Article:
RLC in Hansard: Crimes (Domestic and Personal Violence) Amendment (Coercive and Controlling Behaviour) Bill 2020.

The contributions of RLC's Financial Abuse Service NSW staff were among those acknowledged in the Parliament of NSW during the second reading of the Crimes (Domestic and Personal Violence) Amendment (Coercive and Controlling Behaviour) Bill 2020.

Below is an extract of the second reading speech by Ms Abigail Boyd, MLC.

When people think of domestic abuse, they tend to think of physical violence, but domestic abuse is often much more complex than that. Many victims of domestic abuse live in a constant of fear, in relationships marked by dangerous patterns of controlling behaviour. This abuse is called coercive control. Women's Safety NSW, in its position paper on criminalising coercive control dated 11 September 2020, described coercive control as follows:

'Coercive control describes the use by one person of controlling and manipulative behaviours such as isolation, emotional manipulation, surveillance, psychological abuse and financial restriction against another person over a period of time for the purpose of establishing and maintaining control. In relationships characterised by coercive control, abusers use tactics of fear and intimidation to exert power over their victim, undermining their independence and self-worth.

While domestic and family violence has often been conceived of as an incident-based and primarily involving physical violence, coercive control can be just as detrimental, if not more so, to victims-survivors. Coercive control is a foundational element of domestic violence, and also a major predictor of severe physical violence and homicide.'

Coercive control is much broader than our existing New South Wales criminal offences of stalking and intimidation. Perpetrators of coercive control—also aptly named intimate terrorism—seek to control their victims with actual or threatened harm through a course of behaviour. Whether it is demanding that partners cut contact with their friends or family, restricting their access to money, monitoring their calls and messages or directing their day-to-day activities, these patterns of controlling behaviour are perpetrated to control another person, to remove their liberty and agency, with the intent or regardless of, the harm that it causes to that person.

Currently coercive control is not a separate offence or integrated into existing domestic violence offences in any State or Territory of Australia. However, if the bill passes, we will not be the first jurisdiction in the world to recognise and criminalise coercive control as domestic abuse.

I have the privilege of having two of those many individuals who have helped shape the bill here today in the Chamber—Hayley Foster, the CEO of Women's Safety NSW, and Sally Stevenson, the general manager of Illawarra Women's Health Centre. Thank you so much for the work that you do, for your contributions to the bill, to the broader campaign and for all of the time and energy you have given my team and I. I am so grateful to have you here with us today. There are countless more who have given so much of themselves in this process.

I give special thanks to the contributions from Delia Donovan and Renata Field at Domestic Violence NSW, Liz Snell at Women's Legal Service NSW, Hannah Robinson and Pat O'Callaghan at the Western NSW Community Legal Centre, Gayatri Nair and Laura Bianchi at Redfern Legal Centre, Kristina Vesk of the Cat Protection Society of NSW, Mardi Wilson at Griffith University and Paul McGorrery at Deakin University.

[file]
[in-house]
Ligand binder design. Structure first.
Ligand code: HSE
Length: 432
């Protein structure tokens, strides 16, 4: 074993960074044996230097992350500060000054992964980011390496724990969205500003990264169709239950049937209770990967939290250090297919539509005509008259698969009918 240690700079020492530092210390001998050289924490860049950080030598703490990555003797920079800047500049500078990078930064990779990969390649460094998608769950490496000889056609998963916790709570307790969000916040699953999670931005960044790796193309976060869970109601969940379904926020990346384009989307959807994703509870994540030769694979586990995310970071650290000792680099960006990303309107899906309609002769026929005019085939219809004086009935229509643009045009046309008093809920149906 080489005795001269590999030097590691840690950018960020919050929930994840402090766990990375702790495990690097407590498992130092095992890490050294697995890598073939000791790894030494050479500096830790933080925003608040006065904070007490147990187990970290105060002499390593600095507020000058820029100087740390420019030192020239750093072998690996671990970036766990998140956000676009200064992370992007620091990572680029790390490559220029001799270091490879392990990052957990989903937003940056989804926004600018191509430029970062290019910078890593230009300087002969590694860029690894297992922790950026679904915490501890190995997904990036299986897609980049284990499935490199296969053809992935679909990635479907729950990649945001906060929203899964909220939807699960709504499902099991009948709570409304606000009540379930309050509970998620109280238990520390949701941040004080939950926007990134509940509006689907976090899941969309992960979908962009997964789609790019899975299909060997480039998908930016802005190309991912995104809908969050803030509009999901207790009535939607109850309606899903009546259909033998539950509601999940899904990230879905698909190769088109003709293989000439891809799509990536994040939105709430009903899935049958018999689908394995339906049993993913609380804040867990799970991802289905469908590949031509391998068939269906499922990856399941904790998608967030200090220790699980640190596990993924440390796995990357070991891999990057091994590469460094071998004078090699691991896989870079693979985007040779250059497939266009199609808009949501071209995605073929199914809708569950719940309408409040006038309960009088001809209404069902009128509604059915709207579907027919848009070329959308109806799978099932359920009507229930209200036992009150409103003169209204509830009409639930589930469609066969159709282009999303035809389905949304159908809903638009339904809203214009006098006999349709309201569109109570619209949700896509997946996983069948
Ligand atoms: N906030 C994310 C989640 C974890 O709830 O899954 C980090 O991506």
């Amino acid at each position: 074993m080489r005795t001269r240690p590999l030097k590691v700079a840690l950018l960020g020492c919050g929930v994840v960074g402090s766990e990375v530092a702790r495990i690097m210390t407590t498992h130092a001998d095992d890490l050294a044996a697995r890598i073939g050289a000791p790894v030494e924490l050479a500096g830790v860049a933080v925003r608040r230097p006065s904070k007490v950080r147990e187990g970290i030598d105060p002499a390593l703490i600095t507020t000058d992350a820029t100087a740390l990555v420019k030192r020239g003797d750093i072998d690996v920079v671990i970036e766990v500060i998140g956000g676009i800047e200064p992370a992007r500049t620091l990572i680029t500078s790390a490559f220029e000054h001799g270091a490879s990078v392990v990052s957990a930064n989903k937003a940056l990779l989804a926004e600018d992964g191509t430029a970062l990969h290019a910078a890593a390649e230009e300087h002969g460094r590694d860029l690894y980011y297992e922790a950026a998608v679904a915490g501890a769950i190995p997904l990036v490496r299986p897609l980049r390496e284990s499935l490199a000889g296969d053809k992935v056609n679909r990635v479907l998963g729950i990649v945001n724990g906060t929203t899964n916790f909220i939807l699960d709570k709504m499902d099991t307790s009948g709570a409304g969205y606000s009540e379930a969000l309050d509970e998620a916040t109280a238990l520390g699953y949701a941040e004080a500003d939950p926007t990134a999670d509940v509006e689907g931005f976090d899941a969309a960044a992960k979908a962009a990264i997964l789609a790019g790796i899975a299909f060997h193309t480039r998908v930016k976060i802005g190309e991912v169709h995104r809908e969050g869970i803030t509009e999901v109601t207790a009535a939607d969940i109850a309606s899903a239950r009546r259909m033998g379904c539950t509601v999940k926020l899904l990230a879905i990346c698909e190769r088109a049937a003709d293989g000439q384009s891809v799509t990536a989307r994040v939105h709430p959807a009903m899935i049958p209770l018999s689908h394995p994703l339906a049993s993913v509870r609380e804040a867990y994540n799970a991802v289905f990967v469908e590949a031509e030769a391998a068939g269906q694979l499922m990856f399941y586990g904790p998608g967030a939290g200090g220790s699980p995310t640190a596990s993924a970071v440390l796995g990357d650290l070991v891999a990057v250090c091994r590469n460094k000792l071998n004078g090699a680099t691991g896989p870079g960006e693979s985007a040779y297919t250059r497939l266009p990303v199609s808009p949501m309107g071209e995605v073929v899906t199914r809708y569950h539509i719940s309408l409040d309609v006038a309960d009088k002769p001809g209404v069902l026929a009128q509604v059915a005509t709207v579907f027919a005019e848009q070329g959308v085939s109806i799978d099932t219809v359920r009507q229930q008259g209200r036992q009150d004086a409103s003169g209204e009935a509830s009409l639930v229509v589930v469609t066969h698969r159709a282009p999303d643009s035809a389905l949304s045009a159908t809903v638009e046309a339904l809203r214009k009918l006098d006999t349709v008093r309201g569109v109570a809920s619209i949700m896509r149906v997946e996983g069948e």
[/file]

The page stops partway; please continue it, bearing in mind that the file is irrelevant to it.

I now turn to the specific provisions of the bill.

The Crimes (Domestic and Personal Violence) Amendment (Coercive and Controlling Behaviour Bill) establishes a new offence of abusive control and provides for certain procedural and other protections in relation to that offence. The bill is largely modelled on the equivalent provisions introduced in Scotland in 2018. New section 14A sets out the new offence of abusive control, punishable with 10 years prison, or two years if dealt with summarily and/or 50 penalty units. These penalties are designed to reflect the severity of coercive control, recognising on the one hand the lifelong impact that coercive control can have on victims-survivors—which is often as harmful and debilitating as physical violence offences—while on the other hand, also ensuring access to justice through the local courts and acknowledging that high penalties can reduce the rates at which the offence will be prosecuted.

To establish the offence of abusive control, evidence of a course of behaviour will be required. A "course of behaviour" refers to behaviour occurring on two or more occasions.

New section 14A (9) clarifies that "behaviour" includes—but is not limited to—saying or otherwise communicating something, as well as doing something, omitting to do something or asking or otherwise causing a person to do something.

New section 14A (5) provides that the offence can be committed by a course of behaviour engaged wholly or partly in New South Wales or by or against a person ordinarily resident in New South Wales. Although the bill will not have retroactive effect, new section 14A (8) of the bill will allow instances of behaviour occurring prior to implementation of the bill's provisions to be considered within a course of behaviour where at least one instance of that behaviour occurs after implementation.

Read more (NSW Legislative Council Hansard, 18 November 2020)